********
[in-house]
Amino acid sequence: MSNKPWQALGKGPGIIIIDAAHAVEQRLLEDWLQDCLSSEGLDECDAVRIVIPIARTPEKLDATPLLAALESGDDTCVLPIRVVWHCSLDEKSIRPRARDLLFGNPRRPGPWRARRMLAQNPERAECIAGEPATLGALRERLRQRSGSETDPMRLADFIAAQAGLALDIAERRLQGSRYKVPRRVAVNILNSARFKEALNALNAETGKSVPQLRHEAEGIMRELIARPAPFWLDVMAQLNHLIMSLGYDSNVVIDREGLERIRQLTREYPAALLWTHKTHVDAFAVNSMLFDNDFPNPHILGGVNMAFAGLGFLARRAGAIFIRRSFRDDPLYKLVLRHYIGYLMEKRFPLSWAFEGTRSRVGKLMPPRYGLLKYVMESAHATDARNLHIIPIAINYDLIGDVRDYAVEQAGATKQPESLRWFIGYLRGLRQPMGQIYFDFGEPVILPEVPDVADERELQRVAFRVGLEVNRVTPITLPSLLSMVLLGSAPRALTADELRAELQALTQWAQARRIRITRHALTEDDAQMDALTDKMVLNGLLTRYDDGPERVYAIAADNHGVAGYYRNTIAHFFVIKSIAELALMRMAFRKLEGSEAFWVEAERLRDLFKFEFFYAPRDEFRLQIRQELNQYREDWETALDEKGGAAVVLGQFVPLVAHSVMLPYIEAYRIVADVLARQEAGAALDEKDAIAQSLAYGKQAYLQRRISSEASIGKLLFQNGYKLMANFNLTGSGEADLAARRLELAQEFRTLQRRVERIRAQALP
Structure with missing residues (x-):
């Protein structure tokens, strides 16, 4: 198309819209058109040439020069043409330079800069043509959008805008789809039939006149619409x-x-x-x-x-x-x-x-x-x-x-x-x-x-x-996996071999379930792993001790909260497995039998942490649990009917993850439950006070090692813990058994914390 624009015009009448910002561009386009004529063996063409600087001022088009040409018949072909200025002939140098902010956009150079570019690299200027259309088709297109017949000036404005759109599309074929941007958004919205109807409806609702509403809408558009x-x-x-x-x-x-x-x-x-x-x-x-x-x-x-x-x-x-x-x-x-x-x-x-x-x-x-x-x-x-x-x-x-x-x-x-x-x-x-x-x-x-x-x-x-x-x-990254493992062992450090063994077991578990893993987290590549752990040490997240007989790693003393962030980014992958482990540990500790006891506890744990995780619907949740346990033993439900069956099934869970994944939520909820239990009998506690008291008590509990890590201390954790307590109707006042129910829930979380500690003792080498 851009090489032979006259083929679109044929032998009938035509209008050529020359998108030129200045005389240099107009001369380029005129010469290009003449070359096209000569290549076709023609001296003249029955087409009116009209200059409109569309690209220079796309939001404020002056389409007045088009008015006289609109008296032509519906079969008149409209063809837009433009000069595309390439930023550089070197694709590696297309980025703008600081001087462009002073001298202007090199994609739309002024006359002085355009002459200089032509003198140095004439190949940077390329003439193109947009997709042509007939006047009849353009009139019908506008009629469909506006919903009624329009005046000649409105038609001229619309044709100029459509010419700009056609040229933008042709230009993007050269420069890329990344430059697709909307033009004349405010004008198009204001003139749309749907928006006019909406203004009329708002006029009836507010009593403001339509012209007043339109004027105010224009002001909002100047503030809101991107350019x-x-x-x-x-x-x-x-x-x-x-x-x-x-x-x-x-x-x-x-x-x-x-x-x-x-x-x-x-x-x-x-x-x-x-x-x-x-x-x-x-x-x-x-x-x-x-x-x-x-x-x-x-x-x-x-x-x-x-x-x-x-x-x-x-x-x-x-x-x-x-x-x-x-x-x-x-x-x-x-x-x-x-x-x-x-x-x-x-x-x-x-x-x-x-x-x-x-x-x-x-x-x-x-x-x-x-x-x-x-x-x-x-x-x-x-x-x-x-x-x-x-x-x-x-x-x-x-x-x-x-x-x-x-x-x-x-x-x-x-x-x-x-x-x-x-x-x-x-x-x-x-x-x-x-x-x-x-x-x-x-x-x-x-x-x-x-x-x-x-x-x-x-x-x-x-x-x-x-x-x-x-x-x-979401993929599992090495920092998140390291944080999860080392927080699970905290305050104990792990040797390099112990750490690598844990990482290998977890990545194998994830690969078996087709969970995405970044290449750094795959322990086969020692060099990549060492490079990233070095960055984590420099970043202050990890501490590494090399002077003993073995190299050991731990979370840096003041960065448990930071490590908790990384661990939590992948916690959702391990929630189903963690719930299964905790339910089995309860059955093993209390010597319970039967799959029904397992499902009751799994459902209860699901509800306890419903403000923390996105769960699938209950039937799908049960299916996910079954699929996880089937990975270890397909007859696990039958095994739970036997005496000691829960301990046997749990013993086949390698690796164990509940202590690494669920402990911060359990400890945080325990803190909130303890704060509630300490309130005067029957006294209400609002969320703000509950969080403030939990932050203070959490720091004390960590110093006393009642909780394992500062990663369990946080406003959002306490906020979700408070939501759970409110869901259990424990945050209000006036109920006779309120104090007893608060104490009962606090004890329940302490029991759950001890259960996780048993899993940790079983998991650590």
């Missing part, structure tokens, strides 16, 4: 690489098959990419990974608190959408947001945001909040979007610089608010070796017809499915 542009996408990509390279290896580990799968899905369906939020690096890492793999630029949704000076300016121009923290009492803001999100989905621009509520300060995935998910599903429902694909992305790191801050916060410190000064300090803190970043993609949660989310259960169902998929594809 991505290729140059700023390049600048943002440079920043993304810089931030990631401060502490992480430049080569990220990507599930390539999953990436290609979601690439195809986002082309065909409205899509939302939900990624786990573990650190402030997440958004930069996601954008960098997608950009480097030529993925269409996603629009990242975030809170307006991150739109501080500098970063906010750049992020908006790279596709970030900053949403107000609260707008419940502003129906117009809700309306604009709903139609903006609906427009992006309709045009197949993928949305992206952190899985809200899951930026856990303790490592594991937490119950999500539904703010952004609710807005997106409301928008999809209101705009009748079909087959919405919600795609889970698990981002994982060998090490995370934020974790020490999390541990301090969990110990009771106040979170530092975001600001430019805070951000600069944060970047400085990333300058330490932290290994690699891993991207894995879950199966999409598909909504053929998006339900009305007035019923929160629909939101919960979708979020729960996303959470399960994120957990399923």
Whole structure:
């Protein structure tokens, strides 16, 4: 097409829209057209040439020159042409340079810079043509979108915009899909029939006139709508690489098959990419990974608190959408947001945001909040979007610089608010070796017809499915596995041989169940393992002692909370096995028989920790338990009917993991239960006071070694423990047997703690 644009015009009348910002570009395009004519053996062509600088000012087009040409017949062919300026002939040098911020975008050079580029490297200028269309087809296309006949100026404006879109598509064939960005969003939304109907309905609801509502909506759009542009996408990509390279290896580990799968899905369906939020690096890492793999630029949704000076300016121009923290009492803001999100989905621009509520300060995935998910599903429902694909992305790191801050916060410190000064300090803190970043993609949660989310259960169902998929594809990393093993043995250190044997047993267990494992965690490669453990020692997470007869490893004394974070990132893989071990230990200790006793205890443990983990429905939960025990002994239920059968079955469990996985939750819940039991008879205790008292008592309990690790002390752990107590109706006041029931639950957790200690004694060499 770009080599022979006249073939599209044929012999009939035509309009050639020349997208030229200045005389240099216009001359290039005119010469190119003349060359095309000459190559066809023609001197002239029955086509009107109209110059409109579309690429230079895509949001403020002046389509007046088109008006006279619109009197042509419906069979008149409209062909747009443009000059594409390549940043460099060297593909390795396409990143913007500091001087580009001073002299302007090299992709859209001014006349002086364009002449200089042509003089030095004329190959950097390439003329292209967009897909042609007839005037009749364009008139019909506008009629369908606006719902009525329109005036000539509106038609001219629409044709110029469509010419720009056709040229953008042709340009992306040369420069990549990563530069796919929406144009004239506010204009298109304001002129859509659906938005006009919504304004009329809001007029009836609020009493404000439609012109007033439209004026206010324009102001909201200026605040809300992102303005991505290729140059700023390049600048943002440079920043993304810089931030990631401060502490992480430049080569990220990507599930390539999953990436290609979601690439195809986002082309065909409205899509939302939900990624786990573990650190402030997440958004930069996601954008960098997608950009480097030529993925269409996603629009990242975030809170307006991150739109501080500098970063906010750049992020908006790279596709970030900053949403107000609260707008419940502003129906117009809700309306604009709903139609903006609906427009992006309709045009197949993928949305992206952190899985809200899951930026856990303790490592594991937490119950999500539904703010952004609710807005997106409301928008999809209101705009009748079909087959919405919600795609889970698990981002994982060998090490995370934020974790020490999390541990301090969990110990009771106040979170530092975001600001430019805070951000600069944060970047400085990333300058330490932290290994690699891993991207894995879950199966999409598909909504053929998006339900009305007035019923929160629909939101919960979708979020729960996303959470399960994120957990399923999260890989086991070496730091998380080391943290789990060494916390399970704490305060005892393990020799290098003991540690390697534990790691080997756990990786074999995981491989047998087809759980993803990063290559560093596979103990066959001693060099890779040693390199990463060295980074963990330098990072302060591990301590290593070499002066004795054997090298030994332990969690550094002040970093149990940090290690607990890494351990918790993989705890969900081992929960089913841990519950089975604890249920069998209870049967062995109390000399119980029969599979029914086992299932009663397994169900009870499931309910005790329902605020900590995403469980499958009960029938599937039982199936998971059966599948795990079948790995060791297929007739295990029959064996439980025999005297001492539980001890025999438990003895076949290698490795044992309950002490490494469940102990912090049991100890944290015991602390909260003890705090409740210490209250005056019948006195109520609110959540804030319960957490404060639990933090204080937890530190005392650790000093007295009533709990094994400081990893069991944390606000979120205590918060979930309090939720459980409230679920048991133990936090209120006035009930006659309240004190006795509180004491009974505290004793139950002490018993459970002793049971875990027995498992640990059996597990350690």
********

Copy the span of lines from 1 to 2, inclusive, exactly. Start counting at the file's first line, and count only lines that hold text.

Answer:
[in-house]
Amino acid sequence: MSNKPWQALGKGPGIIIIDAAHAVEQRLLEDWLQDCLSSEGLDECDAVRIVIPIARTPEKLDATPLLAALESGDDTCVLPIRVVWHCSLDEKSIRPRARDLLFGNPRRPGPWRARRMLAQNPERAECIAGEPATLGALRERLRQRSGSETDPMRLADFIAAQAGLALDIAERRLQGSRYKVPRRVAVNILNSARFKEALNALNAETGKSVPQLRHEAEGIMRELIARPAPFWLDVMAQLNHLIMSLGYDSNVVIDREGLERIRQLTREYPAALLWTHKTHVDAFAVNSMLFDNDFPNPHILGGVNMAFAGLGFLARRAGAIFIRRSFRDDPLYKLVLRHYIGYLMEKRFPLSWAFEGTRSRVGKLMPPRYGLLKYVMESAHATDARNLHIIPIAINYDLIGDVRDYAVEQAGATKQPESLRWFIGYLRGLRQPMGQIYFDFGEPVILPEVPDVADERELQRVAFRVGLEVNRVTPITLPSLLSMVLLGSAPRALTADELRAELQALTQWAQARRIRITRHALTEDDAQMDALTDKMVLNGLLTRYDDGPERVYAIAADNHGVAGYYRNTIAHFFVIKSIAELALMRMAFRKLEGSEAFWVEAERLRDLFKFEFFYAPRDEFRLQIRQELNQYREDWETALDEKGGAAVVLGQFVPLVAHSVMLPYIEAYRIVADVLARQEAGAALDEKDAIAQSLAYGKQAYLQRRISSEASIGKLLFQNGYKLMANFNLTGSGEADLAARRLELAQEFRTLQRRVERIRAQALP